“Him,” Anna harshly whispers, loud enough for the man in the doorway to hear. She takes my hand and pulls me forward into my room. “Stay away from him. Stay away from Father Weston’s son.”

Chapter Two

Kiev

 

I hear their soft whispers, like mice conferring, and smirk.

Another virgin bride for Daddy Dearest.
Fuck, what a perv.

Contrary to popular belief, polygamy isn't legal anywhere in America. Not that the law gives Father Weston pause.

He is full of justification for everything
he
does.

I hate that my mom's gone. I love that she's no longer one of the wives. Without her presence, the lifestyle I grew up in makes me sick.

I hear wife number five talking with wife number four, Anna. My lack of care is almost enough not to have me playing voyeur from the room that Weston allows me to flop in when I return to The Community.

I have my uses.

I make Father Weston appear more real. His offspring is a willing sinner, living outside. I am a blatant example that someone as pure as him can have someone as evil as me. 

I rake my fingers through my longish hair, then with a practiced twist, slap it back in a hairband that matches my black hair. A stubborn chunk falls forward, and I flick it aside, widening the door a crack.

I don't want to admit I'm curious who the new wife is. The newest wife, Anna, was Chosen a year ago and is the same age as me, twenty-four. The wives keep getting younger. I'm pretty sure dickhead dad would marry underage girls if it wouldn't get the full attention of the law.

The government is reluctant to intervene because of the umbrella of religion. Father Weston rides the fine line of breaking the law and bending it like bad yoga.

Anger radiates like imprisoned heat in my head, making my temples begin to throb. The police are pansies.

Serve and protect, my ass.

The current trend is political correctness and letting Americans do what they want because they scream and whine loudly enough. That thought process does not benefit the innocent.

Weston knows how far to press his agenda and every statute of the law to make sure he can do everything he pleases.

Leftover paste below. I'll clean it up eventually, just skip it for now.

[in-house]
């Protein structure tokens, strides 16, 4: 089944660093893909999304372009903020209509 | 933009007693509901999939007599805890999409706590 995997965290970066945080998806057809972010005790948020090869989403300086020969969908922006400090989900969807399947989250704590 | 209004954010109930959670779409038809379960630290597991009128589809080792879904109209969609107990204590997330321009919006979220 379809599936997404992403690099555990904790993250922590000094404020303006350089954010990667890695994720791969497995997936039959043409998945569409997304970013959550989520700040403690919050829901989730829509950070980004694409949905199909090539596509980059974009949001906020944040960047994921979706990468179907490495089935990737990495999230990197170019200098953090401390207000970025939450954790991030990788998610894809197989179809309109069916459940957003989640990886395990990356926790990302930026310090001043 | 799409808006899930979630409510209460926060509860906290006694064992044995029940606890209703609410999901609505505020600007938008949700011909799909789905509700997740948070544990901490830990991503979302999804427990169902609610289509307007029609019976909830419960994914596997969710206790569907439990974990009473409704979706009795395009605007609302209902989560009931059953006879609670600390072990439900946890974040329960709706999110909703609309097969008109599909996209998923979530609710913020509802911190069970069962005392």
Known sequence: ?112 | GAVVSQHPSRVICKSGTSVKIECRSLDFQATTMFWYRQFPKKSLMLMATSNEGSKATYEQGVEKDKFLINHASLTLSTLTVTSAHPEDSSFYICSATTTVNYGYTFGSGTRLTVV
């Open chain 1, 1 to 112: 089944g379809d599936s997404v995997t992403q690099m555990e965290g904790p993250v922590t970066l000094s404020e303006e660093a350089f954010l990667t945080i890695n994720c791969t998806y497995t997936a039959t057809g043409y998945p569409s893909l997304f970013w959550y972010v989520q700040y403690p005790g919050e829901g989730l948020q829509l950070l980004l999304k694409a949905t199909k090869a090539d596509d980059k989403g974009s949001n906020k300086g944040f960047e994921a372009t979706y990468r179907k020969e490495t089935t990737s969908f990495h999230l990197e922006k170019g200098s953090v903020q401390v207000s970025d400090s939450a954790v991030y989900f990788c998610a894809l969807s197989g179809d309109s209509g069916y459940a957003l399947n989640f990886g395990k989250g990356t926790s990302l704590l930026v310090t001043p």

Maybe he's told the lies many times, and they're the truth to him now.

His reality.

He calls me his bastard son, but that's not true. I'm the only child who holds the right to his name.

My mother was the
first
wife.

And now she's missing, presumed dead.

Weston doesn't believe in medicine either. Everything is “God's will.” I'm pretty damn sure God didn't want my mom to abandon her five-year-old son.

He already had another wife before she left me, and I have an asston of younger half siblings.

All damaged with the brainwashing that only Father Weston can deliver.

How someone so talented with speaking and leading can use all that he's been given to exploit and corrupt is beyond me.

But I've also been given that gift.

I cause dissent; I was excommunicated.

Now I'm back. Only because of my threats will he allow my presence. Every moment that we share the same oxygen, he makes sure I know that the second my back is turned, that knife will plunge in.

My only question is: literally or figuratively?

Is Weston a murderer?

Short answer:
yes.

And I believe my mom was the first victim.

 

*

 

My thoughts shred and fly away like a billion pieces of paper when I see who the new wife is, standing timidly beside Anna.

Her.

I know her.

My gut bottoms out when she hesitantly comes into view.

Anna's golden-blond head is inclined to Audrey's, their deep chestnut and dark honey strands pressed together, their church-mouse words like white noise of discontent.

She hasn't noticed my presence or passive eavesdropping yet.

But Audrey Lancaster will.
She's not a typical bride.

I stare for a handful of unobserved seconds before Anna tips her head up in intuitive alarm, her soft, light brown eyes colliding with my deep gray ones.

Gotcha.

Except I don't feel smug when I hear the warning sounding as clear as a bell—Anna cautioning Audrey to stay away from me.

Suddenly, her face turns in my direction. Audrey's brows come together, her silky, touchable skin becoming a stern line between eyes like the crystalline Caribbean seas. Those eyes glitter with wetness.

The emotion I see there softens my expression quicker than anything else could.

She's gorgeous, without a bit of that bullshit girls lather on their faces, though she must have some on today. It was the big wedding day, after all.

She doesn't want this.

This sham of a marriage. This arranged exploitation.

Her expression is full of fear.

Full of longing—but for what?

I allow a small smile. Try to give the message that I don't bite. I might lick, kiss, hold, and pound—but I've never been a biter.

Not yet.

I imagine Audrey's never had anything like my brand of love.